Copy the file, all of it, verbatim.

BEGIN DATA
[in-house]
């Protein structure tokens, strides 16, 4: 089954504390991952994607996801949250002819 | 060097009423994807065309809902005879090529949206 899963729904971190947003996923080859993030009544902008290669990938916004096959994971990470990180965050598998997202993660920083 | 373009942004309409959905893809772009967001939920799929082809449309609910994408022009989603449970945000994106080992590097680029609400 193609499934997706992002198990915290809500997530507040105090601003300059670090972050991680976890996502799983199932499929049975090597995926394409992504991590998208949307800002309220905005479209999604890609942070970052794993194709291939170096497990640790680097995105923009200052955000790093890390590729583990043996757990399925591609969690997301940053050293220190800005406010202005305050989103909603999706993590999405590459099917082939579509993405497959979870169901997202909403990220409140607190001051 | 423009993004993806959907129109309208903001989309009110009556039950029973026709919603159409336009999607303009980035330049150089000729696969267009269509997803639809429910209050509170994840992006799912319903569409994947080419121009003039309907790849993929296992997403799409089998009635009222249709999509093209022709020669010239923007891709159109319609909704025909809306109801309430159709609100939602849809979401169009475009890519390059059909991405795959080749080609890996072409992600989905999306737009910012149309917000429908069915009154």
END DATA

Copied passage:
[in-house]
């Protein structure tokens, strides 16, 4: 089954504390991952994607996801949250002819 | 060097009423994807065309809902005879090529949206 899963729904971190947003996923080859993030009544902008290669990938916004096959994971990470990180965050598998997202993660920083 | 373009942004309409959905893809772009967001939920799929082809449309609910994408022009989603449970945000994106080992590097680029609400 193609499934997706992002198990915290809500997530507040105090601003300059670090972050991680976890996502799983199932499929049975090597995926394409992504991590998208949307800002309220905005479209999604890609942070970052794993194709291939170096497990640790680097995105923009200052955000790093890390590729583990043996757990399925591609969690997301940053050293220190800005406010202005305050989103909603999706993590999405590459099917082939579509993405497959979870169901997202909403990220409140607190001051 | 423009993004993806959907129109309208903001989309009110009556039950029973026709919603159409336009999607303009980035330049150089000729696969267009269509997803639809429910209050509170994840992006799912319903569409994947080419121009003039309907790849993929296992997403799409089998009635009222249709999509093209022709020669010239923007891709159109319609909704025909809306109801309430159709609100939602849809979401169009475009890519390059059909991405795959080749080609890996072409992600989905999306737009910012149309917000429908069915009154």